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COVID-19: ADVICE FOR STaff, STUDENTS AND COMMUNITY

Scottish libraries in lockdown

Professor Peter Reid
RGU Professor Peter Reid has been awarded funding to explore Scottish Public Libraries and their role in community cohesion and resilience during lockdown. In his latest community story, he writes about the current issues public libraries in Scotland are facing as they have been closed during the current Covid-19 pandemic.

For twenty years I have been interested in the role that public libraries play within their communities.  They are seen as highly trusted public spaces; playing a major role in supporting disadvantaged or socially-excluded members of the community, aiding wellbeing, developing literacy, supporting economic growth, as well as all the other social and cultural functions libraries habitually fulfil.  They have, of course, suffered during the period of austerity since 2009.  However, the situation in Scotland has generally been better than south of the Border and my interest and research has primarily been around Scotland’s public libraries. 

Back in 2013, I was commissioned to review the quality standards used here in Scotland for public libraries.  This eventually led us to be invited to create a new set of standards entitled How good is our public library service? which is in use across the country.  In 2016, we conducted a review into the ‘Every child a library member’ programme which resulted in the Scottish Government adopting some of the findings.  So, it was inevitable, that I would be interested in how public libraries across Scotland responded to the COVID19 lockdown and how they adapted their services to a digital only offering during that period.

In May of this year, I submitted a research proposal to Arts and Humanities Research Council, as part of UKRI’s COVID Response research theme and was delighted to be awarded funding to undertake a study into Scottish Public Libraries and their role in community cohesion and resilience during lockdown.  In ‘normal’ times public libraries are crucial community hubs but have, like other public spaces, been closed during the pandemic lockdown and are only now beginning to open in Scotland.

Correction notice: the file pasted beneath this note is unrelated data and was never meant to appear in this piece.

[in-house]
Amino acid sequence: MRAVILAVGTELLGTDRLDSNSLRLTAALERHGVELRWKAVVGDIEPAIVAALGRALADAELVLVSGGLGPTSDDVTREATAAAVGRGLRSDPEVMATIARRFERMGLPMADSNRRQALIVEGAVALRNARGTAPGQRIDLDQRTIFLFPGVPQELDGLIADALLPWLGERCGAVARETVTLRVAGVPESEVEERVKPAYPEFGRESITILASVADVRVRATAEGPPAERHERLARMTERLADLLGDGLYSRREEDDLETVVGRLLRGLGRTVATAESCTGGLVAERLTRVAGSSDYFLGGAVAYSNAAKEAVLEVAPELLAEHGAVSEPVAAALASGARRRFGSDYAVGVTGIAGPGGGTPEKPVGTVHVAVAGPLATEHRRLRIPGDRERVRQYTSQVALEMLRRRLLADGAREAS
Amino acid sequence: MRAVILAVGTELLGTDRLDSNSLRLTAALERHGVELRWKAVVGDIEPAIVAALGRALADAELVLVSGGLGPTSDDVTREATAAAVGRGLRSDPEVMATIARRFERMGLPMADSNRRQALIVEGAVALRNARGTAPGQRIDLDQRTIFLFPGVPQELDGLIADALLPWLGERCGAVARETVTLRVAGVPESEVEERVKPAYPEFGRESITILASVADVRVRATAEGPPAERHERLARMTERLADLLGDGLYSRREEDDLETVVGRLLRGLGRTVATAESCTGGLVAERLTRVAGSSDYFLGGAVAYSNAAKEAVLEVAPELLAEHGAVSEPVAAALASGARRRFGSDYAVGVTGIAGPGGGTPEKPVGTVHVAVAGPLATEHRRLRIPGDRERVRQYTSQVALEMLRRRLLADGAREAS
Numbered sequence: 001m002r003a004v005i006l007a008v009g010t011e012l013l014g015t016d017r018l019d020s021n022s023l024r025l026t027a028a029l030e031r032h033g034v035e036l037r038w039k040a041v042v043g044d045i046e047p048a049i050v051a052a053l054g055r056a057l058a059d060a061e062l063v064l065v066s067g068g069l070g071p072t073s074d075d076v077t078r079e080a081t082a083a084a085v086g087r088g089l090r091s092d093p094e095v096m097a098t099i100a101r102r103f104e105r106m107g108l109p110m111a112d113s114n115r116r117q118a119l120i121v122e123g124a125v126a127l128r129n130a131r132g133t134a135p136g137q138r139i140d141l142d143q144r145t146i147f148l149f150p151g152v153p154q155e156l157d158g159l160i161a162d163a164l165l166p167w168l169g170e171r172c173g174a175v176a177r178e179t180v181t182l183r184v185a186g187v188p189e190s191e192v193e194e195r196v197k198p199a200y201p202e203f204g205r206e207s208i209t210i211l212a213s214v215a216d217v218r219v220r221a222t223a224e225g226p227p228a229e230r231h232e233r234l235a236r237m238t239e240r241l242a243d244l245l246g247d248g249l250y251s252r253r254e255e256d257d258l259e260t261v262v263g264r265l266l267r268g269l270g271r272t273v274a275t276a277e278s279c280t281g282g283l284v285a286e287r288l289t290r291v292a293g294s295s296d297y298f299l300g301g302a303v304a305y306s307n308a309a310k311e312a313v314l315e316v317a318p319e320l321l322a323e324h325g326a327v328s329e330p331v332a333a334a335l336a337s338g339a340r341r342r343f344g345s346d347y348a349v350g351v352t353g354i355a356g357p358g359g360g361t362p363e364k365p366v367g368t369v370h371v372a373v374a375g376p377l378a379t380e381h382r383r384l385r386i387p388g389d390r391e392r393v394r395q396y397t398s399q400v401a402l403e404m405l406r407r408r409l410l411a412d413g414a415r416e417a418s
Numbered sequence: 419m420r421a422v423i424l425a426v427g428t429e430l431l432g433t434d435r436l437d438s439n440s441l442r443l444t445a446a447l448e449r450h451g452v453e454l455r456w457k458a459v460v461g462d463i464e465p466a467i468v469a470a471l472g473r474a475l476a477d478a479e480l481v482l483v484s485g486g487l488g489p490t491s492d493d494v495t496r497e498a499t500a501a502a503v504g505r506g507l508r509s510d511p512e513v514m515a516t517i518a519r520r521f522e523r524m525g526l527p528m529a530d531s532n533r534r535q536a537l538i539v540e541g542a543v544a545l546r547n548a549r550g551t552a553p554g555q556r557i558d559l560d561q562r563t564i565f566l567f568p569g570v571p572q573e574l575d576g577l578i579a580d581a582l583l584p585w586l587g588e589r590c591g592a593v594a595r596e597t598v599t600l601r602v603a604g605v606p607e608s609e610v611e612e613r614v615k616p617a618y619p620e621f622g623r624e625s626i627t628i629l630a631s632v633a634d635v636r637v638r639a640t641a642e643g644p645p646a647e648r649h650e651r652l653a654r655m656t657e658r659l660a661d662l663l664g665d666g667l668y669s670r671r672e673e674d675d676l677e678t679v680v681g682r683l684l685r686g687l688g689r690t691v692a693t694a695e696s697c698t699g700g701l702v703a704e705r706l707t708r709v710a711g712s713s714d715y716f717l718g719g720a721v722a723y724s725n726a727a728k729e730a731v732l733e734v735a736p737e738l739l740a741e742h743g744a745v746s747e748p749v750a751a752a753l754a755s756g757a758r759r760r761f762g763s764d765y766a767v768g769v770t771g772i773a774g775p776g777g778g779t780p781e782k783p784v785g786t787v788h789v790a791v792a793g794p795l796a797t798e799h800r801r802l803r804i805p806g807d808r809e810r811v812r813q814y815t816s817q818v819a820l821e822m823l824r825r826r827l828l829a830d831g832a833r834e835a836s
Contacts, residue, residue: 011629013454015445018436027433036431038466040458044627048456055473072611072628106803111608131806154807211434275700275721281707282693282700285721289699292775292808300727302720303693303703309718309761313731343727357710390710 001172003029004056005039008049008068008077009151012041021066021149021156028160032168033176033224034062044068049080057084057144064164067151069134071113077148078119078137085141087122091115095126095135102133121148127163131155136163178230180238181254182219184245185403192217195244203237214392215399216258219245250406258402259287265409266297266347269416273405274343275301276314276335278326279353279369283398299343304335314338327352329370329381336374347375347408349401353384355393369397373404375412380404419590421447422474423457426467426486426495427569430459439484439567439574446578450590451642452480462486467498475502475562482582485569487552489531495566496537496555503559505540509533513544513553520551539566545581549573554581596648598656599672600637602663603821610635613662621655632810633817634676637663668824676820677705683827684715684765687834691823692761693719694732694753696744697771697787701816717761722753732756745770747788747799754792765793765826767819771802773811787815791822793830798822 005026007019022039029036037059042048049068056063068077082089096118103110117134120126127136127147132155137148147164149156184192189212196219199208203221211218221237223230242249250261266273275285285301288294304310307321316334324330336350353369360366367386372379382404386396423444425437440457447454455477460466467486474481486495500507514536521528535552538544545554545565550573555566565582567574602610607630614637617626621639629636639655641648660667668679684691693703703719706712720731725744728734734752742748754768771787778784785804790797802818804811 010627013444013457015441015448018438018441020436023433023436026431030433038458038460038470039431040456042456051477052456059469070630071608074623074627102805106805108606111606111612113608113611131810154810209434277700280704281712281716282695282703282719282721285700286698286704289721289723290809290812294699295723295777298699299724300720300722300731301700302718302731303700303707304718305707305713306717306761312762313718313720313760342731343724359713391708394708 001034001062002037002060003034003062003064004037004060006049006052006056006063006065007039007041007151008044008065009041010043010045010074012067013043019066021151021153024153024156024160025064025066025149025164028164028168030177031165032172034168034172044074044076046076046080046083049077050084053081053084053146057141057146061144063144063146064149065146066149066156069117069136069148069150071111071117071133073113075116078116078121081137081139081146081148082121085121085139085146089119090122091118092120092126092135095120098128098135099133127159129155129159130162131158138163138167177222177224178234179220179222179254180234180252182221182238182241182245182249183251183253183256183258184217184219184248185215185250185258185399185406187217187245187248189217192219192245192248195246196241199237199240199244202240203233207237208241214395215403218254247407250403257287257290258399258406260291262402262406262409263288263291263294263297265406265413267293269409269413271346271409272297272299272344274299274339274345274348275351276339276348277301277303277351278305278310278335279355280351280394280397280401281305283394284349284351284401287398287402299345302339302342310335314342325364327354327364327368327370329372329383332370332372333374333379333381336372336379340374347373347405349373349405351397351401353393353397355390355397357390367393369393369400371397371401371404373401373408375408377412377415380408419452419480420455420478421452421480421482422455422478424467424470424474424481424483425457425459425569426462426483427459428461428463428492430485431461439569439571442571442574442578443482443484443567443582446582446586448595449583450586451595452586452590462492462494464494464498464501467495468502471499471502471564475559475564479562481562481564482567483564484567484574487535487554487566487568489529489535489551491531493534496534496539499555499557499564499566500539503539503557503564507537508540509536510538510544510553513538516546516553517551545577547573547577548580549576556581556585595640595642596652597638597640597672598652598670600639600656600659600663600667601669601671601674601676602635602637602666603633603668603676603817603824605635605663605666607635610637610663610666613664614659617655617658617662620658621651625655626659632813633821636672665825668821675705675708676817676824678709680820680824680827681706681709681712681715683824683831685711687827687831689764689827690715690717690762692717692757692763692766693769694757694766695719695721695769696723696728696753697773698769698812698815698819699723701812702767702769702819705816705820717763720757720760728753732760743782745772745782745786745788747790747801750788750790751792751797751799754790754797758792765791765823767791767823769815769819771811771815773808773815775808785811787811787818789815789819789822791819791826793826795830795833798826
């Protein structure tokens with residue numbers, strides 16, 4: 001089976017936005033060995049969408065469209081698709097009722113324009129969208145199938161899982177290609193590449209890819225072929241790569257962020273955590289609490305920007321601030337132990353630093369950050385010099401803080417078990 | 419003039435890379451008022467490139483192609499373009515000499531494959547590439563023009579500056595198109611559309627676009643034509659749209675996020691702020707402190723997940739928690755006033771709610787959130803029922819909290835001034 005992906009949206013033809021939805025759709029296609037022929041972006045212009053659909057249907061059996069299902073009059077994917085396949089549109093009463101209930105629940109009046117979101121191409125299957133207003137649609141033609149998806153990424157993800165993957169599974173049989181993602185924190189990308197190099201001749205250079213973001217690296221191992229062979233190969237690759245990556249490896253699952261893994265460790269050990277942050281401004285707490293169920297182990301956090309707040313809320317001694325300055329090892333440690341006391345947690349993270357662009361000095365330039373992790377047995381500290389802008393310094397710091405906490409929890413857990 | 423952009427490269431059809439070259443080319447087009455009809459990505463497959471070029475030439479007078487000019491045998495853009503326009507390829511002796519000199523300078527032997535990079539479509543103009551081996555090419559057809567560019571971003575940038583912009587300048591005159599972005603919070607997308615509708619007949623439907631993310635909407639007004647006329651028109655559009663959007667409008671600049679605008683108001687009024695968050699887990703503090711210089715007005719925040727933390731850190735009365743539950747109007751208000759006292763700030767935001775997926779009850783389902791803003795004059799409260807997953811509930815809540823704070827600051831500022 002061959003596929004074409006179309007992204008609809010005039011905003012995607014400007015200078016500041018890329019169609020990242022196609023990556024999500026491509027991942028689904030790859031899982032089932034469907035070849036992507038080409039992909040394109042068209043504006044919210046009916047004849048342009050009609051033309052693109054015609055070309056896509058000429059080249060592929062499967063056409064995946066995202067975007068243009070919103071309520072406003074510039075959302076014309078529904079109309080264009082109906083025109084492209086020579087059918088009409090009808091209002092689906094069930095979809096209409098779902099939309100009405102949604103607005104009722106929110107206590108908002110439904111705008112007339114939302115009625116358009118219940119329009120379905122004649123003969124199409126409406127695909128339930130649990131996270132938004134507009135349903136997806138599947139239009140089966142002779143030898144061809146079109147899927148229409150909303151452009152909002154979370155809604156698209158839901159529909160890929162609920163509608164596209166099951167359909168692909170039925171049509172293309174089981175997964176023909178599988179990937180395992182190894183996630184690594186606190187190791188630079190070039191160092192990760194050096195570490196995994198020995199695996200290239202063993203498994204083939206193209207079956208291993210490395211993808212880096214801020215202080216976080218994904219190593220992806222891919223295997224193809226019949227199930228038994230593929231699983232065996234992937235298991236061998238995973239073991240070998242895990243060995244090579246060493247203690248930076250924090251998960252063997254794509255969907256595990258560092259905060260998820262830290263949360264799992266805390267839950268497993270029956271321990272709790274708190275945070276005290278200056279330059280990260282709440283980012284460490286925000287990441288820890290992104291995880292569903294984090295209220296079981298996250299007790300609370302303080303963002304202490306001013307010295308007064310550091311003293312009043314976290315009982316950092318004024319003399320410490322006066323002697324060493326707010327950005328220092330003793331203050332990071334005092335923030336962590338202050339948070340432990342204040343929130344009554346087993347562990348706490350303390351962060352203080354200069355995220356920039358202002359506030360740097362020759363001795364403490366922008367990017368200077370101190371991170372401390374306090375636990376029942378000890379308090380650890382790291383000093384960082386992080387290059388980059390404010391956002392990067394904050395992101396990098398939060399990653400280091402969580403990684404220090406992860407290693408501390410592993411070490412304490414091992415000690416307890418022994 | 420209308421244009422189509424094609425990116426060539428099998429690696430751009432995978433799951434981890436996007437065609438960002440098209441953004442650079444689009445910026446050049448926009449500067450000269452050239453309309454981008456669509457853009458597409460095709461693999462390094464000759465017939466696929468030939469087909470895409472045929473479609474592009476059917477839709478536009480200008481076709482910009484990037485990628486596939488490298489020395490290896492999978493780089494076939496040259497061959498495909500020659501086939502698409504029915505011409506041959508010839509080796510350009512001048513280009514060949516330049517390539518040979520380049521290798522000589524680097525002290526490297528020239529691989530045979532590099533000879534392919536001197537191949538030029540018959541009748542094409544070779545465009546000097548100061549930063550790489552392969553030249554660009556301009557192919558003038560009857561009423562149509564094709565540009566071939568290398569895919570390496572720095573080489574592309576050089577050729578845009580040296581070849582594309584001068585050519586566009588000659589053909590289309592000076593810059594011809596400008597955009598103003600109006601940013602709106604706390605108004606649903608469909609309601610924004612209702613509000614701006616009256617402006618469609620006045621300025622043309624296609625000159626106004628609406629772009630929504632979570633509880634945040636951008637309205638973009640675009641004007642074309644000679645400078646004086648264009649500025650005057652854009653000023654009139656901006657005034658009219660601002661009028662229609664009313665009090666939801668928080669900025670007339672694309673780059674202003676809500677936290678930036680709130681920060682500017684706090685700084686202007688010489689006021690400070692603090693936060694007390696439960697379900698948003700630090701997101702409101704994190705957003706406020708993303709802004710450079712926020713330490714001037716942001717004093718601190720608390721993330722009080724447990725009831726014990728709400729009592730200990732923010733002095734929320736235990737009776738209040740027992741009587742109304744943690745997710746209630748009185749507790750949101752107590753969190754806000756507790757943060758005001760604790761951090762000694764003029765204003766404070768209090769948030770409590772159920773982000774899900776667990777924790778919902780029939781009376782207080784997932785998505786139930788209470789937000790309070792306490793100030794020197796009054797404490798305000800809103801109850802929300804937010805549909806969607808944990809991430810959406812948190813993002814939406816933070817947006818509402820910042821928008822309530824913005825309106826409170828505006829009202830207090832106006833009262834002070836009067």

This research will examine how public libraries have responded to the lockdown, how services were reimagined and reinvented in a digital-only space, and explore the impact on the services themselves and the end users. It will examine the creativity displayed, how staff autonomy is important in being innovative, and how different models of management may have influenced what has been done.  It will also seek to understand the difficulties such as those members of the community for whom online access is problematic or even impossible if unable to visit the library physically.

The lockdown has meant they have been compelled to adapt their offerings significantly and, often, creatively. Many have reported surges in the borrowing of e-books (e.g. Aberdeen), they have developed online book clubs (Glasgow et al), 3D printers creating PPE, or really imaginative online storytelling sessions (Shetland). 

I am really interested to see the creative things that have been done across the sector and we anticipate that the research will provide an opportunity to identify good practice (and, doubtless, less good practice too) and will offer learning across the sector for managers of public libraries services both in Scotland itself and, arguably, beyond as well.  The research will, in addition to recording what happened, also have the capacity to inform the development of future public library policy in Scotland as well as enhance our understanding of service delivery, models of governance and resilience.

“Our libraries are often the hub of a local community - providing access to information and resources that people would otherwise not have".  (Nicola Sturgeon, 2015)

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